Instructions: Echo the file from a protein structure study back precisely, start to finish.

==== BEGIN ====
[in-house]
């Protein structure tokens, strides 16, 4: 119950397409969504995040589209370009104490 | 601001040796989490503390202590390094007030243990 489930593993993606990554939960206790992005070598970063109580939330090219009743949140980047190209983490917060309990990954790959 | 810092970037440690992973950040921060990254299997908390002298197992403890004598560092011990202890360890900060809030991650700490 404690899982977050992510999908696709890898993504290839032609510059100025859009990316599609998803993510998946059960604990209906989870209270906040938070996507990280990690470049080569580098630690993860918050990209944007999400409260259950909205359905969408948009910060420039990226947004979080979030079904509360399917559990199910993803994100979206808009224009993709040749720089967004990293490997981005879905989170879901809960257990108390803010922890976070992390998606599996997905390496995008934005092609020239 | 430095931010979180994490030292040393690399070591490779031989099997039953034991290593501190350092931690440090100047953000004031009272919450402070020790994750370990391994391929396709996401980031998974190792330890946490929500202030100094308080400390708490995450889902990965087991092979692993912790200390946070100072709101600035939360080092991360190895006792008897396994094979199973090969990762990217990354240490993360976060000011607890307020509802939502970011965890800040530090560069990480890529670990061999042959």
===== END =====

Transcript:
[in-house]
């Protein structure tokens, strides 16, 4: 119950397409969504995040589209370009104490 | 601001040796989490503390202590390094007030243990 489930593993993606990554939960206790992005070598970063109580939330090219009743949140980047190209983490917060309990990954790959 | 810092970037440690992973950040921060990254299997908390002298197992403890004598560092011990202890360890900060809030991650700490 404690899982977050992510999908696709890898993504290839032609510059100025859009990316599609998803993510998946059960604990209906989870209270906040938070996507990280990690470049080569580098630690993860918050990209944007999400409260259950909205359905969408948009910060420039990226947004979080979030079904509360399917559990199910993803994100979206808009224009993709040749720089967004990293490997981005879905989170879901809960257990108390803010922890976070992390998606599996997905390496995008934005092609020239 | 430095931010979180994490030292040393690399070591490779031989099997039953034991290593501190350092931690440090100047953000004031009272919450402070020790994750370990391994391929396709996401980031998974190792330890946490929500202030100094308080400390708490995450889902990965087991092979692993912790200390946070100072709101600035939360080092991360190895006792008897396994094979199973090969990762990217990354240490993360976060000011607890307020509802939502970011965890800040530090560069990480890529670990061999042959």